How to Manage a Multi-Generational Workforce

“We want to be a ‘cool’ company and attract younger people, at the same time we want to retain our long-serving employees with their wisdom and years of experience.” “We hope our younger generation leaders will push our organisation towards a growth mindset, at the same time we don’t want our more senior employees to feel they are not as valued as before.” These are some of the comments we recently heard from a global communications client we work with. They explained to us that they need to ensure they have the future leaders who will ensure the company stays relevant and competitive. But as their comments show, recruiting younger generations also brings challenges. In this post we will explore in detail the diverse attitudes and expectations that different generations have, and the impact this is having in organisations right now.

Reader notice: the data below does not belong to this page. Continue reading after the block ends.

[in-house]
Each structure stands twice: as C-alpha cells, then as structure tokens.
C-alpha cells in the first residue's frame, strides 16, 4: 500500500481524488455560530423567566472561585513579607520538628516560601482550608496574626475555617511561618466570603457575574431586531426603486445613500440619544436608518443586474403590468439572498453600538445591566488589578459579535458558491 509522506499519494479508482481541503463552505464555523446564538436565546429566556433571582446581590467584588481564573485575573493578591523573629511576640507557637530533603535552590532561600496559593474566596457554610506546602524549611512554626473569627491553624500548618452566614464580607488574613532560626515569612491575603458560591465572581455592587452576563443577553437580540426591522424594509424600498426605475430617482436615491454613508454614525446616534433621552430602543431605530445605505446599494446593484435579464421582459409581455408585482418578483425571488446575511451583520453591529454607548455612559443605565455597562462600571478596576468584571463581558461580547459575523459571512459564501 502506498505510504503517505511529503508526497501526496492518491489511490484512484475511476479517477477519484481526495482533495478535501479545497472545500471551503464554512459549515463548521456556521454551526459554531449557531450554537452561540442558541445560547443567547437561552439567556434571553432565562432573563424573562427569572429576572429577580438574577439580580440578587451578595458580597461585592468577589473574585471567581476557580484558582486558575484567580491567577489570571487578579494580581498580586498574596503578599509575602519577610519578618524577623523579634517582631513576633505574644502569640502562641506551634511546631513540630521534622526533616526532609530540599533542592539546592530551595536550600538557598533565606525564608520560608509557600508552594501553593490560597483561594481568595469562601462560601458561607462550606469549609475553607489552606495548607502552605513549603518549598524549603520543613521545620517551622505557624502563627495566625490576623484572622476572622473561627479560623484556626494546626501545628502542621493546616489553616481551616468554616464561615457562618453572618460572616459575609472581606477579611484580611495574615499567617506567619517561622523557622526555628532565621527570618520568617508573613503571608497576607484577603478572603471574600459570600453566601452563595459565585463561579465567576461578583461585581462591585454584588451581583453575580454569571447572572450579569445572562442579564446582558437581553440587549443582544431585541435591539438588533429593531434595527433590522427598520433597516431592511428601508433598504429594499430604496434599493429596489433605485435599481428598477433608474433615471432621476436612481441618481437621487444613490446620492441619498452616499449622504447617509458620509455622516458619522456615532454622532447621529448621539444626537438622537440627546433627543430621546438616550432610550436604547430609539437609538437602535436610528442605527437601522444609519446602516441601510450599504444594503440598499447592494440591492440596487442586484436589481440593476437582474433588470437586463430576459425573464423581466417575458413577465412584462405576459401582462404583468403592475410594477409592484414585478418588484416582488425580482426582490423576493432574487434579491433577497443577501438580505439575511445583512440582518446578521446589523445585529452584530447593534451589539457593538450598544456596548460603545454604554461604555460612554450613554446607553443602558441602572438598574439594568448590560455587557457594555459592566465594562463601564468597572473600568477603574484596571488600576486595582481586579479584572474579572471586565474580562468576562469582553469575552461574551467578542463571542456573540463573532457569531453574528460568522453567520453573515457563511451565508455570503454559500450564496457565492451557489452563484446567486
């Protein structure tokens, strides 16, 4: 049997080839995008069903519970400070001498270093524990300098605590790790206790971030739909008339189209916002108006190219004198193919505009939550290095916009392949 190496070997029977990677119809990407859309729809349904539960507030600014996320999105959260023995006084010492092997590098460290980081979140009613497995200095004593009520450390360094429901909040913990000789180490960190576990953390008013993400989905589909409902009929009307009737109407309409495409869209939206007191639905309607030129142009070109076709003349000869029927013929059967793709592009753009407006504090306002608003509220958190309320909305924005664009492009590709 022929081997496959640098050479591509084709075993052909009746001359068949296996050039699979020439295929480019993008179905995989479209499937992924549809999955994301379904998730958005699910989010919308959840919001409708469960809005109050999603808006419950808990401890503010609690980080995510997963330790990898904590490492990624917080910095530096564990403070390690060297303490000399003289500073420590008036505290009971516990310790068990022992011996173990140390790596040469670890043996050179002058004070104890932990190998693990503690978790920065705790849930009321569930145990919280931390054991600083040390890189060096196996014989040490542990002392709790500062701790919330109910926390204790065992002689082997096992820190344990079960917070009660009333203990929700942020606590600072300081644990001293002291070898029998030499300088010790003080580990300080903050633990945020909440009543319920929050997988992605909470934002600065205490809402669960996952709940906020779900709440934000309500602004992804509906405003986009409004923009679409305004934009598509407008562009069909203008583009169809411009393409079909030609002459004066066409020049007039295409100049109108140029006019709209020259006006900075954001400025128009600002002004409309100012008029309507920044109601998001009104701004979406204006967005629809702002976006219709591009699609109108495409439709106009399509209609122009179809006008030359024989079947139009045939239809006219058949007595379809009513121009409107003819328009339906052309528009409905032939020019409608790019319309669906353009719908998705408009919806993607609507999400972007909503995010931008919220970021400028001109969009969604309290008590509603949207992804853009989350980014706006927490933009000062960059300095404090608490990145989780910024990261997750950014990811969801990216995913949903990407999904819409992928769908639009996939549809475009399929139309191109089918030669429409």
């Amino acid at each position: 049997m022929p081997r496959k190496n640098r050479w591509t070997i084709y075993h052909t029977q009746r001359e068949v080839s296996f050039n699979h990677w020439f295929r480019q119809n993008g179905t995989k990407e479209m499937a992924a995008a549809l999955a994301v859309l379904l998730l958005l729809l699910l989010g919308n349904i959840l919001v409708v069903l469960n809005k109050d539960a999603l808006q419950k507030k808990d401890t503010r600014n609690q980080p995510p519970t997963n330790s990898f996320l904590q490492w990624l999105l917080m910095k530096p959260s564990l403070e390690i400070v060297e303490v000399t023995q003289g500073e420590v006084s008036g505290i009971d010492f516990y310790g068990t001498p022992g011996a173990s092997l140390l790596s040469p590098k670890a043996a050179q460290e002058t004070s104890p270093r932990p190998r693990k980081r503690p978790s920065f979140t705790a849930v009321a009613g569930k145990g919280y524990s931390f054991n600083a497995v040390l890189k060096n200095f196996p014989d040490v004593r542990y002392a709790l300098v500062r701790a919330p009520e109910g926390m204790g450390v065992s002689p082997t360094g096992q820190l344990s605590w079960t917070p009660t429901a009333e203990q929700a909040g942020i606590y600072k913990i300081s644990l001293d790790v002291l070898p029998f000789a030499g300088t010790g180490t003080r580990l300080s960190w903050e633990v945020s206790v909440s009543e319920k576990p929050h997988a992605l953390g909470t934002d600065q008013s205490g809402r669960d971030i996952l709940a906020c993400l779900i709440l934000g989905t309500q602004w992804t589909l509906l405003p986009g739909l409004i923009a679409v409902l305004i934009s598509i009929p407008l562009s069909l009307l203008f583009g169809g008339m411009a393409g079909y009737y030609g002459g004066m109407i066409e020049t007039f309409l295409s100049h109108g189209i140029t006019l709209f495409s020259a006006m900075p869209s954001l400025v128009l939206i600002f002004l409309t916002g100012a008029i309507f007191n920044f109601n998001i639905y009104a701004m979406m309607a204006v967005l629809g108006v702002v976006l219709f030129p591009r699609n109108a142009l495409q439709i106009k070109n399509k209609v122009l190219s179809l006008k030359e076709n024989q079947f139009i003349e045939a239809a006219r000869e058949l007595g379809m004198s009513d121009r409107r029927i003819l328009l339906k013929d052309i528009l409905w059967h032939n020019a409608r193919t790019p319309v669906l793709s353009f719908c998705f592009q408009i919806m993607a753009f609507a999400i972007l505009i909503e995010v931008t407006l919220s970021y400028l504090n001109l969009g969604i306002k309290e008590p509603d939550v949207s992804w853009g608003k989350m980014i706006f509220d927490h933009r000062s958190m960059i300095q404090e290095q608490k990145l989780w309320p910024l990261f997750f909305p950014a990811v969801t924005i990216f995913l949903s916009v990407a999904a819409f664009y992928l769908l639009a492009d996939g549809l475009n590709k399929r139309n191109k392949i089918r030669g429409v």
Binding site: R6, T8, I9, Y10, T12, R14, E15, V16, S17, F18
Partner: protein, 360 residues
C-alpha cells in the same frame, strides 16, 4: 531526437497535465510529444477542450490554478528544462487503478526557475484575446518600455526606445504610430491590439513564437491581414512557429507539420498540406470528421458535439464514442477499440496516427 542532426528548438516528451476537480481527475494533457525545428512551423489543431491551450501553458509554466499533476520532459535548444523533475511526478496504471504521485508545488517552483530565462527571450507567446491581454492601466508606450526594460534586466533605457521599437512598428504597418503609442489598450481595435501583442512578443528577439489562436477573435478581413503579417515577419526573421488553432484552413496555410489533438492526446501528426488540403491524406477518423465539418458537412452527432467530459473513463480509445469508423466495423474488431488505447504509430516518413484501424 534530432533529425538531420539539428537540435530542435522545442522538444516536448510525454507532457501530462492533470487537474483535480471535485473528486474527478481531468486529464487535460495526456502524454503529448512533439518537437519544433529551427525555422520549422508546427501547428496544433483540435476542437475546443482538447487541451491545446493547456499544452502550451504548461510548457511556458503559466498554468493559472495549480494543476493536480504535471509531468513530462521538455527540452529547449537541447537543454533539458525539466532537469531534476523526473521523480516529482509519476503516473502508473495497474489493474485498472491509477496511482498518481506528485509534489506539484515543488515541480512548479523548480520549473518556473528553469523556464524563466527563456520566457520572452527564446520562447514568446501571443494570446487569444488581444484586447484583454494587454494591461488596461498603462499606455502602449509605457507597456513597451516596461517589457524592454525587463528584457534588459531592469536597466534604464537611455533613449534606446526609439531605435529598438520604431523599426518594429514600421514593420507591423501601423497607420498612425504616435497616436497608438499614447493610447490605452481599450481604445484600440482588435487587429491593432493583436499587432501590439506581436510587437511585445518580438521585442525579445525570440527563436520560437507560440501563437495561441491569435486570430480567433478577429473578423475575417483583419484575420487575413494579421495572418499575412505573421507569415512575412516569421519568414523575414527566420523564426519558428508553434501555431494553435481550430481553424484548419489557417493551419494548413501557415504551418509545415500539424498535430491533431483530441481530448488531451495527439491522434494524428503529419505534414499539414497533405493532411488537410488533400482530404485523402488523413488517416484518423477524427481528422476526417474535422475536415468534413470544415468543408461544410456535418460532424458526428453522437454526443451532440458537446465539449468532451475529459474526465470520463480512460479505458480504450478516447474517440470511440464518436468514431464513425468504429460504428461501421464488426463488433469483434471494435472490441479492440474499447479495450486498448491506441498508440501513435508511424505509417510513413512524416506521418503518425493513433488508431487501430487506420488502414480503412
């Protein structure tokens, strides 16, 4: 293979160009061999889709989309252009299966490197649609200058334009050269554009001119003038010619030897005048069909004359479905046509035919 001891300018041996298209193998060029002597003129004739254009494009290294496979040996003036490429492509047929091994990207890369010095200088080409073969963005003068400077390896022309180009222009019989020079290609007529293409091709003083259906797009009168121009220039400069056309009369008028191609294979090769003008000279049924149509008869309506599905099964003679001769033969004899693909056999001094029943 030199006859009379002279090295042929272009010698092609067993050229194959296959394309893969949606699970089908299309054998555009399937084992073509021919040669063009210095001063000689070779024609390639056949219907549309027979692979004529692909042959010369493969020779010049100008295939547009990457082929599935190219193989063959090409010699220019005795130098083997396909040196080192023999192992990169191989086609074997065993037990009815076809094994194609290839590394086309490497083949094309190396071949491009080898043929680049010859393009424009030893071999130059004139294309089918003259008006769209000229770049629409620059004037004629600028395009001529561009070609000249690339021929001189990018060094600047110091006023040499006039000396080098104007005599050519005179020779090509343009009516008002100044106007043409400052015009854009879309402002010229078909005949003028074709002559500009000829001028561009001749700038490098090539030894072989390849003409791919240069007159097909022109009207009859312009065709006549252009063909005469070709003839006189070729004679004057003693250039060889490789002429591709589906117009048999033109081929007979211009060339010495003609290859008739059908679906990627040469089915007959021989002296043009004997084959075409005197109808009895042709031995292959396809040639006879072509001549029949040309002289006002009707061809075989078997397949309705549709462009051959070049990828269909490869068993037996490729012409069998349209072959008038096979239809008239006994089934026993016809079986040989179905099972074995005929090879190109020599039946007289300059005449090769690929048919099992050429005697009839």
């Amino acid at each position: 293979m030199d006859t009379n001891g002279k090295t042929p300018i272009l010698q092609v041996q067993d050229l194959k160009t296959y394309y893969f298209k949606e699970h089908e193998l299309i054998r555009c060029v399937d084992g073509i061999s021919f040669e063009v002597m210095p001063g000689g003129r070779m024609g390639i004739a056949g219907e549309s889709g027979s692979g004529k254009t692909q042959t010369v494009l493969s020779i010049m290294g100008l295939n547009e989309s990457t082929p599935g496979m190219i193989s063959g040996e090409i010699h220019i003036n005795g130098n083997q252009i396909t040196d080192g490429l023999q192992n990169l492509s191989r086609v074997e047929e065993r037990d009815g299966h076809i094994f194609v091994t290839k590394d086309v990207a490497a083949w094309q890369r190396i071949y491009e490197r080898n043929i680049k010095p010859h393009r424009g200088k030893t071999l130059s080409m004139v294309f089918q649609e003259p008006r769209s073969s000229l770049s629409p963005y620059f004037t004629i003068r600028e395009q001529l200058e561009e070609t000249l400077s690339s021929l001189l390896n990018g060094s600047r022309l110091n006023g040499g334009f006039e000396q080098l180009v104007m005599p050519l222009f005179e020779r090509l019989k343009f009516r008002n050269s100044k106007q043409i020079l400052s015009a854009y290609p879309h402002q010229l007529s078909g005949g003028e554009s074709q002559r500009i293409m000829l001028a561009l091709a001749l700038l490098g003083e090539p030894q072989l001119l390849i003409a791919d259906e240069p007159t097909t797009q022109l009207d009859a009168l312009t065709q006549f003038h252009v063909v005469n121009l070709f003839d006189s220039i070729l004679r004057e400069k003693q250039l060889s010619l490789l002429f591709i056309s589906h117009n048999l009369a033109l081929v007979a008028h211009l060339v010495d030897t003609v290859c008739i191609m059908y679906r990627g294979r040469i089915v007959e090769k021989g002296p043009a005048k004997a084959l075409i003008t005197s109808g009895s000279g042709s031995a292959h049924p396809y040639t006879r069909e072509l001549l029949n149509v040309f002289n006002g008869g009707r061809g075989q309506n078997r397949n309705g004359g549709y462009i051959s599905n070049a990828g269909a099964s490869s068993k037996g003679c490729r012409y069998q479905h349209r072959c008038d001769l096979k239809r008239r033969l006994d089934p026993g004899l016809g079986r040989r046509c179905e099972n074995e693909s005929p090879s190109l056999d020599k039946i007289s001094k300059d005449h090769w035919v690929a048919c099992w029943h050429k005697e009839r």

In fact, we hear this story with virtually all our clients that we work with in diversity and inclusion training [link to product pages when up]. If you’re managing a multi-generational team, or trying to bring new talent into an organisation, you might be facing similar challenges. And you will know that managing a multi-generational workforce is a real issue that urgently needs solutions today.

When talking about generations, we never want to over-generalise and automatically put people into boxes. On the other hand, we also don’t want to assume everyone is the same. And when it comes to the workplace, different generations have quite different ideas. So if we want to attract new generations and also retain existing talent, we will need to consider how to design a workplace that works for both. To start, let’s look at what a multi-generational workplace looks like in reality…